Although alcohol is a socially acceptable drug, warning signs of over use include using larger amounts than intended, unsuccessful efforts to cut down on use, cravings to use, continued use despite causing problems at home, work or family, increased tolerance, and withdrawal.
Alcohol intoxication signs include Clumsiness, difficult walking, slurred speech, sleepiness, poor judgment, dilated pupils, odor, memory impairment.
THC, pot, hash, cannabis, grass, joint, dope, weed, reefer, nail, green and Mary Jane alter mood and perception. Marijuana’s active ingredient is called THC. The higher the amount of THC, the more potent the marijuana.
Marijuana is green and/or brown dried leaves, stems and seeds from the hemp plant. Marijuana is normally smoked in a rolled up cigarette, called a joint or nail, or in a hollowed out cigar, called a blunt. Sometimes marijuana is brewed in a tea and other individuals also eat marijuana in the form of baked goods, normally brownies.
Some states have legalized recreational marijuana use but this does not mean marijuana use is risk-free. Signs of use include Glassy, red eyes, loud talking and inappropriate laughter followed by sleepiness, a sweet burnt smell on person, loss of interest and motivation, weight changes.
Symptoms of dependence include the urge to use marijuana no matter the negative outcome and not feeling normal unless high. Warning signs of addiction include needing larger amounts of the drug to get high and prioritizing use over other responsibilities.
Whippets, poppers, snappers, rush, bolt, bullet, aerosol sprays, solvents, gasoline, glues, laughing gas and anything with propellant cause mental confusion. Inhalants can be many things including spray paints, glues, cleaning supplies, gasoline, deodorant sprays, hairsprays, aerosol cooking sprays, felt tip markers, office supplies such as white out, butane lighters and refills for butane lighters. Most individuals will sniff the chemical or place it in large balloons and inhale it.
Inhalants are very dangerous and many people have died from using them. The high is caused by cutting oxygen off from the brain.
Warning signs of use include watery eyes, impaired vision, memory issues, secretions and/or rashes around the mouth and nose, headaches, nausea, appearance of intoxication, drowsiness, poor muscle control, changes in appetite, anxiety and irritability.
Opioids – The United States is in the midst of an opioid overdose epidemic. The National Institute on Drug Abuse reports more than 2 million Americans abuse opioids and that more than 90 Americans die by opioid overdose every day. Opioids, also called narcotics, are a broad group of pain relieving drugs. Doctors prescribe opioids to reduce pain after major injury or surgery, to treat severe pain from health conditions like cancer, and for chronic pain. Common opioids include oxytocin, morphine, fentanyl, oxycodone, hydrocodone, buprenorphine, methadone, oxymorphone, codeine, and tramadol. The illegal drug heroin is also an opioid. Some opioids are made from the opium plant, and others are synthetic (man-made).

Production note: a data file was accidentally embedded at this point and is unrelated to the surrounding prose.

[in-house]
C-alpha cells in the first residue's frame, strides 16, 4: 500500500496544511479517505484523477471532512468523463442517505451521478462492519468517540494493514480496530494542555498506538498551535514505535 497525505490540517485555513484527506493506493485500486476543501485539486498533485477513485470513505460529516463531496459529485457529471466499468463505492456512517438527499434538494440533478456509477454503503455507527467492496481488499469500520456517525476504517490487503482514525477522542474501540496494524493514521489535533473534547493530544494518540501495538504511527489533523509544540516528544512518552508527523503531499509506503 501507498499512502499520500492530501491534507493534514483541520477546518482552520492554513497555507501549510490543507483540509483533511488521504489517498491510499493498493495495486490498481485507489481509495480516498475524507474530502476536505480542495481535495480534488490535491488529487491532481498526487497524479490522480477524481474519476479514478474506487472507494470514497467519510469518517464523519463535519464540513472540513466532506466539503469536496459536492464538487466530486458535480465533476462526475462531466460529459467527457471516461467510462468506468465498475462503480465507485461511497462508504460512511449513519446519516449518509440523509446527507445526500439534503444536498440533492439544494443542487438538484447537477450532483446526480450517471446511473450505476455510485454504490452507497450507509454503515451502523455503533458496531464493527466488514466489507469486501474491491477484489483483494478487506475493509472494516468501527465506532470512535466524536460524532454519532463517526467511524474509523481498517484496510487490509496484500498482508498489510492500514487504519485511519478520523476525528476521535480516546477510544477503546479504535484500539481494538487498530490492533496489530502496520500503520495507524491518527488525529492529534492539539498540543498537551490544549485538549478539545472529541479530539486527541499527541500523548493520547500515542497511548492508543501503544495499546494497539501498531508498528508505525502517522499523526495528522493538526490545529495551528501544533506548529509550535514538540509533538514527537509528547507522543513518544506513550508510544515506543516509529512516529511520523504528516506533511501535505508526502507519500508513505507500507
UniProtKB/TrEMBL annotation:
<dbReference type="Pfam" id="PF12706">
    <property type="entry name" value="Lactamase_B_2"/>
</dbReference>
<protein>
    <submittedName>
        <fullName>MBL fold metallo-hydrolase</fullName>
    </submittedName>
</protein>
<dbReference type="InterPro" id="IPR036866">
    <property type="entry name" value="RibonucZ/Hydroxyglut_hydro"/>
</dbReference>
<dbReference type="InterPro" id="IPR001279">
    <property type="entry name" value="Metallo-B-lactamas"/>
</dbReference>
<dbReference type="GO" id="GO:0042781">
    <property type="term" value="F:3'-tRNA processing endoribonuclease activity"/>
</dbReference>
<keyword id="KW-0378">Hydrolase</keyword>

The opioid overdose epidemic began when the medical community was misinformed the medication was not addictive which encouraged doctors to prescribe them to alleviate many painful conditions, even when aspirin might be sufficient. But currently, the medical community is better informed about the addictive nature of opioids and they are much less willing to prescribe the medication or will limit and monitor dosages. Unfortunately, for individuals already addicted, many have turned to street drugs, such as heroin, to alleviate pain.
Opioids work by attaching to opioid receptors in the brain which then releases signals to reduce a person’s perception of pain (it does not actually stop the pain, just the perception of pain) and increases feelings of pleasure. Opioids can quickly become addictive, some say within 3 days of taking them. Opioids can make your brain and body believe the drug is necessary for survival. Tolerance increases the longer the drug is taken and even more medication is needed to relieve the pain or achieve well-being, which can lead to dependency.
Lower doses make a person sleepy, but higher doses are very dangerous because the drug can slow breathing and lead to death. Symptoms of dependence include doctor shopping, drug cravings, insistence on the need for medication to relieve pain, anger, irritability and tremors during withdrawal.
Trying to quit “cold turkey” is not recommended and can be very dangerous. The safest way to alleviate opioid withdrawal symptoms is through medically supervised treatment. There are some medications which can be used to alleviate withdrawal symptoms.
Heroin – Smack, horse, junk, mud, black tar, brown sugar and Big H lowers the perception of pain.
Heroin is processed from morphine and is normally a white or brown powder that comes from the poppy plant. It causes an increase in wakefulness followed by drowsiness. Heroin can be smoked, snorted, sniffed or injected—injection is the most common form of administration. Withdrawal can be extremely dangerous.